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Clinic hands out needed care at high altitude

Updated: 2014-10-22 07:48
By Wang Xu in Nyingchi, Tibet (China Daily)

Clinic hands out needed care at high altitude

Military doctor Cui Shuhua (right) checks a local resident in Zhamo on Tuesday. Because of the poverty in the area, a special fund was set up to cover needy people's medical expenses.  Wang Xu / China Daily

Cutting through harsh geographical conditions at lofty elevations, the 2,115-kilometer-long State Highway No 318 is considered the most beautiful yet most dangerous road in China for travelers driving to Tibet, as it winds around 21 mountains and crosses 14 major rivers.

Yet the doctors and nurses at a military clinic in Zhamo, Bome county, have made a difference and won hearts along the highway that reaches altitudes of 4,000 meters.

"Although we make everyone count in dealing with sickness here, we have to admit that medical conditions are very poor here in Tibet," said the 54-year-old head of the clinic, Cui Shuhua, who has worked in Zhamo for 10 years. "The most we can do in the clinic is carry out appendicitis operations. There is no blood bank in the whole of Nyingchi prefecture."

Established in 1983, the military clinic belongs to a transport regiment of the Chengdu Military Area Command. With 13 doctors and four nurses, the rather small clinic has eight departments, including internal medicine, surgery, gynecology and urology.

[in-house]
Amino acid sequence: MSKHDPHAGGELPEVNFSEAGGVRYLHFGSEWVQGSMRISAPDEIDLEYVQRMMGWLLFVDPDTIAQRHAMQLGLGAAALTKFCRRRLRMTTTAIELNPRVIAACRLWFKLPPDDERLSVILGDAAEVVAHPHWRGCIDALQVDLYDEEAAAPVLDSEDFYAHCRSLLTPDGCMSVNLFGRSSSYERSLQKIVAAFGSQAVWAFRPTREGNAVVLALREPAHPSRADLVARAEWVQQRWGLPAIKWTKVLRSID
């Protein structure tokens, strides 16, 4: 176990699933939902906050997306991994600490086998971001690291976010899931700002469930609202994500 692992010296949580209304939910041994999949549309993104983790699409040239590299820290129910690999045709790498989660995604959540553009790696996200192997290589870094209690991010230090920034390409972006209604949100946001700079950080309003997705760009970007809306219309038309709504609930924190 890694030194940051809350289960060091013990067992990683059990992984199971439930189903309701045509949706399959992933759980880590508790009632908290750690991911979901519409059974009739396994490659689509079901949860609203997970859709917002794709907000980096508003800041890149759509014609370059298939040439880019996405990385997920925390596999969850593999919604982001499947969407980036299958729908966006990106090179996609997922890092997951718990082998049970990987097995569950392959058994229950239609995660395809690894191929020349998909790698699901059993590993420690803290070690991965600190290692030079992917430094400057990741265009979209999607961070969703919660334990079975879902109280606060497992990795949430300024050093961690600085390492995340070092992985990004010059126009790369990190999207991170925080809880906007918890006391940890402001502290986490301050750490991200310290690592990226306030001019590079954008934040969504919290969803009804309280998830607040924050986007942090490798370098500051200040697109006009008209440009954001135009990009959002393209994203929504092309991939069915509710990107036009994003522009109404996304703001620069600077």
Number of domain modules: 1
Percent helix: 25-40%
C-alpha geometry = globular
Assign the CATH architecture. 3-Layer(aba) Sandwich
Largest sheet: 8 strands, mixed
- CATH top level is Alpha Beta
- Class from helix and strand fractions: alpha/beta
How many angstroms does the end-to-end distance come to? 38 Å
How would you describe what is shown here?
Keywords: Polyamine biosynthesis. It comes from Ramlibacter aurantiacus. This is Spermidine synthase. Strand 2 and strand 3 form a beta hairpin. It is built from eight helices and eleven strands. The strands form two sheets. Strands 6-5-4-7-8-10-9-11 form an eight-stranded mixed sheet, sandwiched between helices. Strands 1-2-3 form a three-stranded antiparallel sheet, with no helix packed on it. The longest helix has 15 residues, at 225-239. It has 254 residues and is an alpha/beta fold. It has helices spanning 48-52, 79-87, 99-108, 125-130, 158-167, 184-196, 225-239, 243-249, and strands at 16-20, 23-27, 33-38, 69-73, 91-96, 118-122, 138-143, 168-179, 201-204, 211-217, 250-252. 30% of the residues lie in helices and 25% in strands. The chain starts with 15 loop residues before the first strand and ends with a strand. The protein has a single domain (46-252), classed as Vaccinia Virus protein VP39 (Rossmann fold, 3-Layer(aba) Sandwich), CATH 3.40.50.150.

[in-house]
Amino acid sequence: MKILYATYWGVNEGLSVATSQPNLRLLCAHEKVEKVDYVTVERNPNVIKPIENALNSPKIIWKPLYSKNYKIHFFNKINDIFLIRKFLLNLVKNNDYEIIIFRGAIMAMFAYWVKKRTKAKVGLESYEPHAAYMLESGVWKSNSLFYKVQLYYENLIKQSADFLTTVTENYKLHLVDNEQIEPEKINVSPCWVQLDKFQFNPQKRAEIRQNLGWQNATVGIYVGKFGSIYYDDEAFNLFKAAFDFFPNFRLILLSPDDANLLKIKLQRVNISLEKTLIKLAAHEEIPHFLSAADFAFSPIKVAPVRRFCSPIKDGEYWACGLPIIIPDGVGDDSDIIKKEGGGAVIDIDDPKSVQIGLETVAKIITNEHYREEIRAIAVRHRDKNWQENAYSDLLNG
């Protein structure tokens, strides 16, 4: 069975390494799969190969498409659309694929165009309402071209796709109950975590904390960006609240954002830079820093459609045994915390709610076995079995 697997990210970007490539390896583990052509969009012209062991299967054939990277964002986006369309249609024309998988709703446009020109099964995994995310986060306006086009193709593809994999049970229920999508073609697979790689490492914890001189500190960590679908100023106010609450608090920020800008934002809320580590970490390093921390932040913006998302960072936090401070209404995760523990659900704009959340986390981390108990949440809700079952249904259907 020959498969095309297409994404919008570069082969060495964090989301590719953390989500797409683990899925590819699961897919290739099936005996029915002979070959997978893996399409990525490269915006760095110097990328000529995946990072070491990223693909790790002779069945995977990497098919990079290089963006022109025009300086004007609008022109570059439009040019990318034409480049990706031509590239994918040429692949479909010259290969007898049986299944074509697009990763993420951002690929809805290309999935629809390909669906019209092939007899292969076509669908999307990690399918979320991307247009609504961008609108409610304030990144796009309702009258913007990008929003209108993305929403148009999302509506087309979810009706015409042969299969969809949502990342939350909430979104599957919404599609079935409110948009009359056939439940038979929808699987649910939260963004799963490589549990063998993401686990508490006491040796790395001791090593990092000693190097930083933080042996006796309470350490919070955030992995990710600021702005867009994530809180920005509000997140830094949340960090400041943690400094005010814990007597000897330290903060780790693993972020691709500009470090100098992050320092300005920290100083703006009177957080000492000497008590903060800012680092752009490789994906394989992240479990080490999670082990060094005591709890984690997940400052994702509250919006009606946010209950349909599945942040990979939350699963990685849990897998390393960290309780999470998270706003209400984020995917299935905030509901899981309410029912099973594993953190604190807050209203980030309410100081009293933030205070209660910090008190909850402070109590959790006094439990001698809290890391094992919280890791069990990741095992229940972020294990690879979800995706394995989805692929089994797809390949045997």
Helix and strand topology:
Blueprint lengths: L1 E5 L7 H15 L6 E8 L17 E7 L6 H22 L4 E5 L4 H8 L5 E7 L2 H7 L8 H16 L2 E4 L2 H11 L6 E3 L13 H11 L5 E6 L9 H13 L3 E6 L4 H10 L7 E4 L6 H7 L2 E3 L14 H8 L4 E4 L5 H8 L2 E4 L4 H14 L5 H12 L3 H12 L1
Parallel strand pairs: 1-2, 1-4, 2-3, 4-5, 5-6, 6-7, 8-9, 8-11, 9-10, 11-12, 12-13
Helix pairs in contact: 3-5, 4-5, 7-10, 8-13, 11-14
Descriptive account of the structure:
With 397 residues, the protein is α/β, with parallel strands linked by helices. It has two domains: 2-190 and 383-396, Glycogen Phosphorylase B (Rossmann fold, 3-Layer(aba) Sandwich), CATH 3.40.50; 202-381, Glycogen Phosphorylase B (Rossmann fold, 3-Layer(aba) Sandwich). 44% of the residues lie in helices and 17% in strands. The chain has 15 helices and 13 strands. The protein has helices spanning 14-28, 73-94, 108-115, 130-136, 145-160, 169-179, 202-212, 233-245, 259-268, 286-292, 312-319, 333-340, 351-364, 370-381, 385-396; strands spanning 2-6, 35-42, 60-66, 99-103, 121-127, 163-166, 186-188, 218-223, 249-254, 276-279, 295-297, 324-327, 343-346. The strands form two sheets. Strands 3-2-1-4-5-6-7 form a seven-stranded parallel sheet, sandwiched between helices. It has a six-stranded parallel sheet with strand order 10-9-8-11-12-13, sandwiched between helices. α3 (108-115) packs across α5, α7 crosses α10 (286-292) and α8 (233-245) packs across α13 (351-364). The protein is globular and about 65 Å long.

"Before the clinic was founded, people could only go to mountebanks or resign themselves to their fate when they got sick," said Wan Yonggang, an official from the local civil affairs bureau.

Currently, 46 people live in the nursing home in Bome county, with hypertension and heart disease among the most common diseases.

Xiong Gang, a 45-year-old doctor at the clinic, said, "Living in the high-altitude area for a long time can lead to hypertension. Everyone over 35 years old in our regiment got hypertension, without exception."

Xiong's Tibetan friend, A Deng, came to the clinic when he heard Xiong would be giving out free health checks.

The 39-year-old A Deng said Xiong had taken good care of him since 2012, when he was crushed in a car accident. Knowing A Deng was desperately poor and living a nomadic life far from town, Xiong did not charge him a fee.

"Some residents of mountain areas are really poor," said Cui, the clinic's head. "That's why we set up a fund to help those in desperate poverty. The money is usually donated by our soldiers or allocated directly from the Chengdu Military Area Command."


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